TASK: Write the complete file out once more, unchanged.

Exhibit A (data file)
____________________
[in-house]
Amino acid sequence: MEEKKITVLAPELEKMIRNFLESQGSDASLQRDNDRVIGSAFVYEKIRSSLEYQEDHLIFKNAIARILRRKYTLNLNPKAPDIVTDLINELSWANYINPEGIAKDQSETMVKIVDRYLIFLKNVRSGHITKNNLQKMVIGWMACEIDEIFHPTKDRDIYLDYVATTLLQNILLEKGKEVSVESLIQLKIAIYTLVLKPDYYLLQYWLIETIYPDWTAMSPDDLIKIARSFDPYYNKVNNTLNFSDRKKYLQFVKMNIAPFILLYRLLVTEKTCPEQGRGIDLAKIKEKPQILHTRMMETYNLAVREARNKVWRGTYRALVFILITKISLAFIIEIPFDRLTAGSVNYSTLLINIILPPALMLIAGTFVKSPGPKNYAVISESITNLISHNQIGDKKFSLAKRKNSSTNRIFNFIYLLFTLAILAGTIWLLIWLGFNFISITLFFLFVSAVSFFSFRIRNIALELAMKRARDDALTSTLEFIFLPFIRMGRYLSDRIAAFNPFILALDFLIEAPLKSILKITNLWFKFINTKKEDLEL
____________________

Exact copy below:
[in-house]
Amino acid sequence: MEEKKITVLAPELEKMIRNFLESQGSDASLQRDNDRVIGSAFVYEKIRSSLEYQEDHLIFKNAIARILRRKYTLNLNPKAPDIVTDLINELSWANYINPEGIAKDQSETMVKIVDRYLIFLKNVRSGHITKNNLQKMVIGWMACEIDEIFHPTKDRDIYLDYVATTLLQNILLEKGKEVSVESLIQLKIAIYTLVLKPDYYLLQYWLIETIYPDWTAMSPDDLIKIARSFDPYYNKVNNTLNFSDRKKYLQFVKMNIAPFILLYRLLVTEKTCPEQGRGIDLAKIKEKPQILHTRMMETYNLAVREARNKVWRGTYRALVFILITKISLAFIIEIPFDRLTAGSVNYSTLLINIILPPALMLIAGTFVKSPGPKNYAVISESITNLISHNQIGDKKFSLAKRKNSSTNRIFNFIYLLFTLAILAGTIWLLIWLGFNFISITLFFLFVSAVSFFSFRIRNIALELAMKRARDDALTSTLEFIFLPFIRMGRYLSDRIAAFNPFILALDFLIEAPLKSILKITNLWFKFINTKKEDLEL